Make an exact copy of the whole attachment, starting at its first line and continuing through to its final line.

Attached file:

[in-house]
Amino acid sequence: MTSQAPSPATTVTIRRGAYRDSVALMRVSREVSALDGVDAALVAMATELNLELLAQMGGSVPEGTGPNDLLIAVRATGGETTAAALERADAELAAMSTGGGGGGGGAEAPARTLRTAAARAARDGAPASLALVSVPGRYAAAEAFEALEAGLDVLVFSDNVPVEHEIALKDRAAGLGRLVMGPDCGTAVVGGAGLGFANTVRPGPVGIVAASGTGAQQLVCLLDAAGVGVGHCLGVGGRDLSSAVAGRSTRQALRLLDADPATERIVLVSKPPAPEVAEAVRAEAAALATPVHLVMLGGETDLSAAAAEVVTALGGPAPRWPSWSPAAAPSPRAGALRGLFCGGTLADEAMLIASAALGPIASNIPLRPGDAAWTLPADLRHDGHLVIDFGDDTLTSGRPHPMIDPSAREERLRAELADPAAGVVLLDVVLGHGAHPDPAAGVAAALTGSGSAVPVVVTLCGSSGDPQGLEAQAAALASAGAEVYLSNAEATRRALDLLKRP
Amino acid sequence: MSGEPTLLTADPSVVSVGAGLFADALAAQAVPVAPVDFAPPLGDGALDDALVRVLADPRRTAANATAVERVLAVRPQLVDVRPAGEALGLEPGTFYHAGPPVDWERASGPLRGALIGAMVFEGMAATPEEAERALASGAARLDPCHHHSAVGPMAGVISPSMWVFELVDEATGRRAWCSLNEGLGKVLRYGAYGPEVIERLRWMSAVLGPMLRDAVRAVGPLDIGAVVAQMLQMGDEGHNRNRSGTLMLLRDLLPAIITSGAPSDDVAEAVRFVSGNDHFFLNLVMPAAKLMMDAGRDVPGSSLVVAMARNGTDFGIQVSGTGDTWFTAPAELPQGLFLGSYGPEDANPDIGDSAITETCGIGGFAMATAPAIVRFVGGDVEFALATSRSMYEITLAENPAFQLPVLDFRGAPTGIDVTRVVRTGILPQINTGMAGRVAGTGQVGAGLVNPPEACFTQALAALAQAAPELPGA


[in-house]
Amino acid sequence: MTSQAPSPATTVTIRRGAYRDSVALMRVSREVSALDGVDAALVAMATELNLELLAQMGGSVPEGTGPNDLLIAVRATGGETTAAALERADAELAAMSTGGGGGGGGAEAPARTLRTAAARAARDGAPASLALVSVPGRYAAAEAFEALEAGLDVLVFSDNVPVEHEIALKDRAAGLGRLVMGPDCGTAVVGGAGLGFANTVRPGPVGIVAASGTGAQQLVCLLDAAGVGVGHCLGVGGRDLSSAVAGRSTRQALRLLDADPATERIVLVSKPPAPEVAEAVRAEAAALATPVHLVMLGGETDLSAAAAEVVTALGGPAPRWPSWSPAAAPSPRAGALRGLFCGGTLADEAMLIASAALGPIASNIPLRPGDAAWTLPADLRHDGHLVIDFGDDTLTSGRPHPMIDPSAREERLRAELADPAAGVVLLDVVLGHGAHPDPAAGVAAALTGSGSAVPVVVTLCGSSGDPQGLEAQAAALASAGAEVYLSNAEATRRALDLLKRP
Amino acid sequence: MSGEPTLLTADPSVVSVGAGLFADALAAQAVPVAPVDFAPPLGDGALDDALVRVLADPRRTAANATAVERVLAVRPQLVDVRPAGEALGLEPGTFYHAGPPVDWERASGPLRGALIGAMVFEGMAATPEEAERALASGAARLDPCHHHSAVGPMAGVISPSMWVFELVDEATGRRAWCSLNEGLGKVLRYGAYGPEVIERLRWMSAVLGPMLRDAVRAVGPLDIGAVVAQMLQMGDEGHNRNRSGTLMLLRDLLPAIITSGAPSDDVAEAVRFVSGNDHFFLNLVMPAAKLMMDAGRDVPGSSLVVAMARNGTDFGIQVSGTGDTWFTAPAELPQGLFLGSYGPEDANPDIGDSAITETCGIGGFAMATAPAIVRFVGGDVEFALATSRSMYEITLAENPAFQLPVLDFRGAPTGIDVTRVVRTGILPQINTGMAGRVAGTGQVGAGLVNPPEACFTQALAALAQAAPELPGA